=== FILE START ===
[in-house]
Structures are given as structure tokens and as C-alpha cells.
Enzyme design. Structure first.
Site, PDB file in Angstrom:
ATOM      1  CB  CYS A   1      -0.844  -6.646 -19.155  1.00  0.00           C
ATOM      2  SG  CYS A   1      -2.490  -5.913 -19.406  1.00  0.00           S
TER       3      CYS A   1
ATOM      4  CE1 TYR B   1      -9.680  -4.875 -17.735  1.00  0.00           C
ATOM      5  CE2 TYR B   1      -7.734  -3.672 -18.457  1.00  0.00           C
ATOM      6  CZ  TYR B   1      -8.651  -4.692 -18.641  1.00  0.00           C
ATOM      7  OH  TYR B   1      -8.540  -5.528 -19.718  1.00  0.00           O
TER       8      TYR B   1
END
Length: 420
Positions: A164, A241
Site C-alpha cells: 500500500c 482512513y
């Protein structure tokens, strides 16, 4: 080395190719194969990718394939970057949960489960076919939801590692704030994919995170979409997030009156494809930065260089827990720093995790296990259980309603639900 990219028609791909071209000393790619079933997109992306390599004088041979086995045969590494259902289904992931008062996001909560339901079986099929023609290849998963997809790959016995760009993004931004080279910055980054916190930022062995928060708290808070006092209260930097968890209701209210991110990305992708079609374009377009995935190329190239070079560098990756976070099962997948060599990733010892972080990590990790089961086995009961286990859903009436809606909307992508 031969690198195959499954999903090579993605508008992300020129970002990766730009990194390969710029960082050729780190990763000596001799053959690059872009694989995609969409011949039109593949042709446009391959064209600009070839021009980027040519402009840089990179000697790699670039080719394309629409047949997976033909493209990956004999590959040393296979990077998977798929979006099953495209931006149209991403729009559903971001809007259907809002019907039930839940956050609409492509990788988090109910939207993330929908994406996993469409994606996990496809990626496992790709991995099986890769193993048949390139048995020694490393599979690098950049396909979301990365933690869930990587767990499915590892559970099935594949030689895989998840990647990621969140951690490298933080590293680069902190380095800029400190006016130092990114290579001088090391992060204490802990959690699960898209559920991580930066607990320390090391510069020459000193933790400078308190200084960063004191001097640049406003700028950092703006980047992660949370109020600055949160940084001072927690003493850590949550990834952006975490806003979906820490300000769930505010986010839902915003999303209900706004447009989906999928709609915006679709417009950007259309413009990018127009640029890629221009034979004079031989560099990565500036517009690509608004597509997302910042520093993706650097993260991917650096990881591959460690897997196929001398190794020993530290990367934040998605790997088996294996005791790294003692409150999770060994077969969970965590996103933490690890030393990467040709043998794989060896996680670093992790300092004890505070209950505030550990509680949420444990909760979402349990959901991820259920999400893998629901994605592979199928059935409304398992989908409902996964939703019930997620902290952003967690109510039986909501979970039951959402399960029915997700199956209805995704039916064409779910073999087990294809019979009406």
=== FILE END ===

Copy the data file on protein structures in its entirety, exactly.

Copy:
[in-house]
Structures are given as structure tokens and as C-alpha cells.
Enzyme design. Structure first.
Site, PDB file in Angstrom:
ATOM      1  CB  CYS A   1      -0.844  -6.646 -19.155  1.00  0.00           C
ATOM      2  SG  CYS A   1      -2.490  -5.913 -19.406  1.00  0.00           S
TER       3      CYS A   1
ATOM      4  CE1 TYR B   1      -9.680  -4.875 -17.735  1.00  0.00           C
ATOM      5  CE2 TYR B   1      -7.734  -3.672 -18.457  1.00  0.00           C
ATOM      6  CZ  TYR B   1      -8.651  -4.692 -18.641  1.00  0.00           C
ATOM      7  OH  TYR B   1      -8.540  -5.528 -19.718  1.00  0.00           O
TER       8      TYR B   1
END
Length: 420
Positions: A164, A241
Site C-alpha cells: 500500500c 482512513y
């Protein structure tokens, strides 16, 4: 080395190719194969990718394939970057949960489960076919939801590692704030994919995170979409997030009156494809930065260089827990720093995790296990259980309603639900 990219028609791909071209000393790619079933997109992306390599004088041979086995045969590494259902289904992931008062996001909560339901079986099929023609290849998963997809790959016995760009993004931004080279910055980054916190930022062995928060708290808070006092209260930097968890209701209210991110990305992708079609374009377009995935190329190239070079560098990756976070099962997948060599990733010892972080990590990790089961086995009961286990859903009436809606909307992508 031969690198195959499954999903090579993605508008992300020129970002990766730009990194390969710029960082050729780190990763000596001799053959690059872009694989995609969409011949039109593949042709446009391959064209600009070839021009980027040519402009840089990179000697790699670039080719394309629409047949997976033909493209990956004999590959040393296979990077998977798929979006099953495209931006149209991403729009559903971001809007259907809002019907039930839940956050609409492509990788988090109910939207993330929908994406996993469409994606996990496809990626496992790709991995099986890769193993048949390139048995020694490393599979690098950049396909979301990365933690869930990587767990499915590892559970099935594949030689895989998840990647990621969140951690490298933080590293680069902190380095800029400190006016130092990114290579001088090391992060204490802990959690699960898209559920991580930066607990320390090391510069020459000193933790400078308190200084960063004191001097640049406003700028950092703006980047992660949370109020600055949160940084001072927690003493850590949550990834952006975490806003979906820490300000769930505010986010839902915003999303209900706004447009989906999928709609915006679709417009950007259309413009990018127009640029890629221009034979004079031989560099990565500036517009690509608004597509997302910042520093993706650097993260991917650096990881591959460690897997196929001398190794020993530290990367934040998605790997088996294996005791790294003692409150999770060994077969969970965590996103933490690890030393990467040709043998794989060896996680670093992790300092004890505070209950505030550990509680949420444990909760979402349990959901991820259920999400893998629901994605592979199928059935409304398992989908409902996964939703019930997620902290952003967690109510039986909501979970039951959402399960029915997700199956209805995704039916064409779910073999087990294809019979009406």